Following later patrols and raids on Allied merchant shipping, Prien was awarded the Oak Leaves to the Knight's Cross in 1940.

Heinz Rühmann, Hans Brausewetter and Josef Sieber sang a persiflage of the 1939 song Das kann doch einen Seemann nicht erschüttern (That won't shake a sailor), written by Michael Jary from the film Paradies der JunggesellenBachelor's Paradise, on account of the Oak Leaves presentation to Prien. The reworded lyrics are Das muss den ersten Seelord doch erschütternThat must shake the First Sea Lord, alluding to Winston Churchill.[14][Note 3]

U-47 went missing on 7 March 1941 while attacking Convoy OB-293. She has generally been thought to have been sunk by the British destroyer HMS Wolverine west of Ireland; the submarine was attacked by Wolverine and HMS Verity, which took turns covering each other's ASDIC blind spots and dropping patterns of depth charges until U-47 rose almost to the surface before sinking and then exploded with an orange flash visible from the surface.[15]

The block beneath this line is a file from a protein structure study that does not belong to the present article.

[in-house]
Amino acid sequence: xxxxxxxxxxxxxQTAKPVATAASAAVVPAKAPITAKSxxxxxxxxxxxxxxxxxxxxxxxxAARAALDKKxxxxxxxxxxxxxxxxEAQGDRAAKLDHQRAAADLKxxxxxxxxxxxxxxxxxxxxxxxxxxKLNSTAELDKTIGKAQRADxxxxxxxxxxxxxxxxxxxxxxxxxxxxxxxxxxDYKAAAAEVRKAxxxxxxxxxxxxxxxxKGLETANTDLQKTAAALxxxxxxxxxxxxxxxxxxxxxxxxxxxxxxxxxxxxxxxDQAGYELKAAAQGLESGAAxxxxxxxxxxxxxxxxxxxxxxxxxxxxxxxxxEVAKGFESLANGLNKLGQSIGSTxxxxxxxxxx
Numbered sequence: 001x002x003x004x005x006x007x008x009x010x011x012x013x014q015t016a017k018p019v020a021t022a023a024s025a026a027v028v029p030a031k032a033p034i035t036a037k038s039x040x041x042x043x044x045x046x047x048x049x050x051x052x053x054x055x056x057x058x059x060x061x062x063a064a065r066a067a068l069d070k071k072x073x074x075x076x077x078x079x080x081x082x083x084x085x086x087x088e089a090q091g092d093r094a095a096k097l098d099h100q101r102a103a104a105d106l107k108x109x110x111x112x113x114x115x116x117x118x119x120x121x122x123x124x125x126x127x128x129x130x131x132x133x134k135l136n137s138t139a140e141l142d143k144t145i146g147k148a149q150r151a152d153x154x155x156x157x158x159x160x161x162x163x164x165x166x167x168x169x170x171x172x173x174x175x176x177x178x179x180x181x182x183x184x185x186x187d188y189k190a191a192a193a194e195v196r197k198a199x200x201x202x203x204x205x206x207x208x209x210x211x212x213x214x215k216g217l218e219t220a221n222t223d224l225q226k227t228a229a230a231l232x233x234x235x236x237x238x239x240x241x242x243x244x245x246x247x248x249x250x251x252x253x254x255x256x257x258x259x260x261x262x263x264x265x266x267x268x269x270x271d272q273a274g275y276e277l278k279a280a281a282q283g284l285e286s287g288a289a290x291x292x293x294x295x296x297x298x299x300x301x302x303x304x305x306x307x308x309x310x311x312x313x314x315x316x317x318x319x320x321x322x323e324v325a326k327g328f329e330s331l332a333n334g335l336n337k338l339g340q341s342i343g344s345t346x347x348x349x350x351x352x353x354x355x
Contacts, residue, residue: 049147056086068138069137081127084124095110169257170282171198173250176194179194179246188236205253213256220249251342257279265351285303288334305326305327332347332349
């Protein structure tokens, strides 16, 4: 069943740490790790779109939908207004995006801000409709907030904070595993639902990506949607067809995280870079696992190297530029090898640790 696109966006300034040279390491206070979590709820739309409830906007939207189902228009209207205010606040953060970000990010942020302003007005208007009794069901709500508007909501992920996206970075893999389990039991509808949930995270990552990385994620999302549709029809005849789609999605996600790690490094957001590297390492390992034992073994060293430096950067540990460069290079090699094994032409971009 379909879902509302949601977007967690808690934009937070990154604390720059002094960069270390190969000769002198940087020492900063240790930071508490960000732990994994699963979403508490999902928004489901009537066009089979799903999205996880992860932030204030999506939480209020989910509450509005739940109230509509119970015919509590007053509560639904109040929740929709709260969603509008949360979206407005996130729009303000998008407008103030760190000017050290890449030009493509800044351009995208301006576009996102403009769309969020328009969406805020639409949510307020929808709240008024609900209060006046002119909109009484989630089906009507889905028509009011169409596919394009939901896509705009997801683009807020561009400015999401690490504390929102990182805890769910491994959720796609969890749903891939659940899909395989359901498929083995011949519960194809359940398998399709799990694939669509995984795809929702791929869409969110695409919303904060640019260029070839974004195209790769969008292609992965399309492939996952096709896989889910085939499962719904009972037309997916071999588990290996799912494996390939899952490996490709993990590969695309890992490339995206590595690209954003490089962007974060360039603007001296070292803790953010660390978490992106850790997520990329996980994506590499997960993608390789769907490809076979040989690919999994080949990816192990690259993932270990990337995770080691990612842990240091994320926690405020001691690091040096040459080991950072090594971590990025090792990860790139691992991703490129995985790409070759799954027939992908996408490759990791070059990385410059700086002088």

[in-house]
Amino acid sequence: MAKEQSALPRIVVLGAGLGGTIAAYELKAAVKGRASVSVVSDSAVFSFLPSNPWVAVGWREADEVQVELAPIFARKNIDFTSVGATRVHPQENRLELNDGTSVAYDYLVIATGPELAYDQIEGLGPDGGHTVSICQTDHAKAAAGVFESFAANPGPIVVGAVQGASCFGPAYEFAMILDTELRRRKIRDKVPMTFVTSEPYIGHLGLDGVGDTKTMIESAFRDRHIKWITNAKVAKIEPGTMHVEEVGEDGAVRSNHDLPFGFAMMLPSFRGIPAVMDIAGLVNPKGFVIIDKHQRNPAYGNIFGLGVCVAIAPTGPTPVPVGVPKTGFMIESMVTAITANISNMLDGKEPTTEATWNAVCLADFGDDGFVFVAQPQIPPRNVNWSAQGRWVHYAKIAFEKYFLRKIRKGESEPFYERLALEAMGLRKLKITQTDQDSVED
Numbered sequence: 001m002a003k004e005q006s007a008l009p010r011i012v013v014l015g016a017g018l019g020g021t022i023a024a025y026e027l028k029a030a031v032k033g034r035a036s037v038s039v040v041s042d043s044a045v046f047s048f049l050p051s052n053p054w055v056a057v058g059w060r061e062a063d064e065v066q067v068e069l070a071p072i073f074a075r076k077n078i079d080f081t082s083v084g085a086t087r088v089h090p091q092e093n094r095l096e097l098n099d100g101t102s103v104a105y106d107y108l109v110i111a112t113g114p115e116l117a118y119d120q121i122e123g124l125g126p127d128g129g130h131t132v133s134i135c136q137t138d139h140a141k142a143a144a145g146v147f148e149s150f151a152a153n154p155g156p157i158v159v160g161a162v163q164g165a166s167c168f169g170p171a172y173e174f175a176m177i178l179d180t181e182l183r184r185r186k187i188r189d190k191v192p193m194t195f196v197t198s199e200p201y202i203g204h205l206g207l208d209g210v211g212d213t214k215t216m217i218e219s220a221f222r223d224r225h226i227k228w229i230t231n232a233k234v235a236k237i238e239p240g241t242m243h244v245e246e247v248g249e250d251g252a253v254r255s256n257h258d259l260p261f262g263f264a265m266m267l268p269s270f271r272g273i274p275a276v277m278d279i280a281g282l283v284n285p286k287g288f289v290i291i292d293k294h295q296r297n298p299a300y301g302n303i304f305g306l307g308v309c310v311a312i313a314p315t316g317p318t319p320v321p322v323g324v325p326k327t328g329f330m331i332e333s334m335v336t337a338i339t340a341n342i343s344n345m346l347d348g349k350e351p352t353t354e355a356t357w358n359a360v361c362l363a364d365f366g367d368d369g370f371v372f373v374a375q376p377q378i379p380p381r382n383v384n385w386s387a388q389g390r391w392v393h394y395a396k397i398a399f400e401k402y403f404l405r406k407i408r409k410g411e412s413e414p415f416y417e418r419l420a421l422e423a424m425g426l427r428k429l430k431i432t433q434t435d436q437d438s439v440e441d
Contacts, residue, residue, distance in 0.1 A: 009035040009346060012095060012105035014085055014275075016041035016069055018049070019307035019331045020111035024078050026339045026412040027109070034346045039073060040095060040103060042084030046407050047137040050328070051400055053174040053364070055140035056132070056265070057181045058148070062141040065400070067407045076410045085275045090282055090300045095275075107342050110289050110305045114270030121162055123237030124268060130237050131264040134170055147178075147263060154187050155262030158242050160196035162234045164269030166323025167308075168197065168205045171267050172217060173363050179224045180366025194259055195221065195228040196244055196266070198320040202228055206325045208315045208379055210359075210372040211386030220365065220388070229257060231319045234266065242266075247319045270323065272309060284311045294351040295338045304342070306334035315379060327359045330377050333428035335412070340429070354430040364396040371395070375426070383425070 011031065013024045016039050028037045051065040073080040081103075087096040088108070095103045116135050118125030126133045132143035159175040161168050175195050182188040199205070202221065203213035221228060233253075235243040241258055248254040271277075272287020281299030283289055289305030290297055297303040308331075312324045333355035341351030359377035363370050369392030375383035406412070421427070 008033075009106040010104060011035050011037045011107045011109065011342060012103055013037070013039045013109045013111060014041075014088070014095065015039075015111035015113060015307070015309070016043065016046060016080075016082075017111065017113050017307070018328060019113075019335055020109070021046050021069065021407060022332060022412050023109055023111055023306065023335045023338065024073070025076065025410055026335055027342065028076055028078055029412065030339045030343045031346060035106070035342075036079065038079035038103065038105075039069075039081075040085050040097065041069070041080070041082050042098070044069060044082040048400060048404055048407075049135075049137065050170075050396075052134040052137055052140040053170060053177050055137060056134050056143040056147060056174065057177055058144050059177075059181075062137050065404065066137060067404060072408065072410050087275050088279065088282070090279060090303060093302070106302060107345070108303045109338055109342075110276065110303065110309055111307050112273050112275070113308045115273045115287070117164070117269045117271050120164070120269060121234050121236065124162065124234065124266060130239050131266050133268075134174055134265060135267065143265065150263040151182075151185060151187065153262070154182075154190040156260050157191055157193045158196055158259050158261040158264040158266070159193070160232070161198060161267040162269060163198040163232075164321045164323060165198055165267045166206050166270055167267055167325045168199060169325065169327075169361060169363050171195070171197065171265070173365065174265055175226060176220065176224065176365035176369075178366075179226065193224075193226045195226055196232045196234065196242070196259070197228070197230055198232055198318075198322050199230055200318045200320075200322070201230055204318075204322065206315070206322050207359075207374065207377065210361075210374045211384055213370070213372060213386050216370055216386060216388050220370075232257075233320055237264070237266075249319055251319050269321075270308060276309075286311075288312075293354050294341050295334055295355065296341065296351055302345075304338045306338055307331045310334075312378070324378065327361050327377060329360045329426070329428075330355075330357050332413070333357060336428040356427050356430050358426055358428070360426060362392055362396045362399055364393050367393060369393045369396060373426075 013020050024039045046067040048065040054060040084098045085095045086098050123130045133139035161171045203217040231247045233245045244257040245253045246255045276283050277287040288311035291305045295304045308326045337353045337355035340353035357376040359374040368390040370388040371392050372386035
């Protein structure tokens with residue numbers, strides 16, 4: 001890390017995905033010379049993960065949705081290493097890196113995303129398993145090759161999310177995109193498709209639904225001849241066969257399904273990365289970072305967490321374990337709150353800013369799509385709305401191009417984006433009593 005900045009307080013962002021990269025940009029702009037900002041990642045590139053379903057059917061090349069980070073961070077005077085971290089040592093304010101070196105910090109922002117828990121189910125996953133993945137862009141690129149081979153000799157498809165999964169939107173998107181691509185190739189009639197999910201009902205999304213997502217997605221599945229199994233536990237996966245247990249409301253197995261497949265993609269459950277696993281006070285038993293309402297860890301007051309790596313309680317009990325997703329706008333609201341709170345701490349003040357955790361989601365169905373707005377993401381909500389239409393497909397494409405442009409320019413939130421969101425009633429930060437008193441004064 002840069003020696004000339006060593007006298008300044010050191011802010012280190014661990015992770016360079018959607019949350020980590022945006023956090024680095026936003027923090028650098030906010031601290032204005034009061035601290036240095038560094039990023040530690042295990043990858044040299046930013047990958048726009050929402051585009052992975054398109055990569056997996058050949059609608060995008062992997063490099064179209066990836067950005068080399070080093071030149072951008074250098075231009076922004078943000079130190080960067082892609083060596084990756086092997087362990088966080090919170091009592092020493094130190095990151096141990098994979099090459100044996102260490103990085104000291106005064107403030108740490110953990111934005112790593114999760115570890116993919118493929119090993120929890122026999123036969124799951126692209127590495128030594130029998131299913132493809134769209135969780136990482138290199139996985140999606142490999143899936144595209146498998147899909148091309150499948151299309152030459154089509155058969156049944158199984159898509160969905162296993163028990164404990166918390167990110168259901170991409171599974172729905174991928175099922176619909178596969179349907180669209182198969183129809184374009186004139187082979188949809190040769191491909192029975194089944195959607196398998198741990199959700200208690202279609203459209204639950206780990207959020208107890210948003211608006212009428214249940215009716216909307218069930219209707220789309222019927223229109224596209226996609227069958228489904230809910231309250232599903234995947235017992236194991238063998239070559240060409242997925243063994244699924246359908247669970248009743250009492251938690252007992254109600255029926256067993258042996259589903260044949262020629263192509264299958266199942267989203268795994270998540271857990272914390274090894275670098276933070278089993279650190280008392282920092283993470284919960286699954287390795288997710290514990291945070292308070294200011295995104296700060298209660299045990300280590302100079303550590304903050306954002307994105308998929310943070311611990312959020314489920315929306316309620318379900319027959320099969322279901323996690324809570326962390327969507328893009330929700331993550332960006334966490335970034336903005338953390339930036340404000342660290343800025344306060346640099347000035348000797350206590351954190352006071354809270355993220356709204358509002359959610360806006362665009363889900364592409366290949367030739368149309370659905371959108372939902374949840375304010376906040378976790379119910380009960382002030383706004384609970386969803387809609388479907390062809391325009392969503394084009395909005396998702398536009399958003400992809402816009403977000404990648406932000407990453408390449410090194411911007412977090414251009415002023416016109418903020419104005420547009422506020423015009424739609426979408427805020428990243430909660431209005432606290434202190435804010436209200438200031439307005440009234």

To date, there is no official record of what happened to U-47 or her 45 crewmen, though a variety of possibilities exists, including mines, a mechanical failure, falling victim to her own torpedoes, and possibly a later attack that did not confirm any kills by the corvette team of HMS Camellia and HMS Arbutus.[16][17][18]

Prien's death was kept secret until 23 May.[15] Churchill had personally announced it to the House of Commons, and propaganda broadcasts to Germany had repeatedly taunted listeners with the question "Where is Prien?" until Germany was forced to acknowledge his loss.[19]

Although Prien was at sea for less than two years, his record stands high among the U-boat aces during the Second World War. He spent 238 days at sea and sank 30 enemy vessels for a total tonnage of 193,808 GRT.

In popular culture[edit]

The 1958 war film U 47 – Kapitänleutnant Prien, directed by Harald Reinl, was loosely based on Prien's combat record and command of U-47. Prien was portrayed by the German actor Dieter Eppler.[20]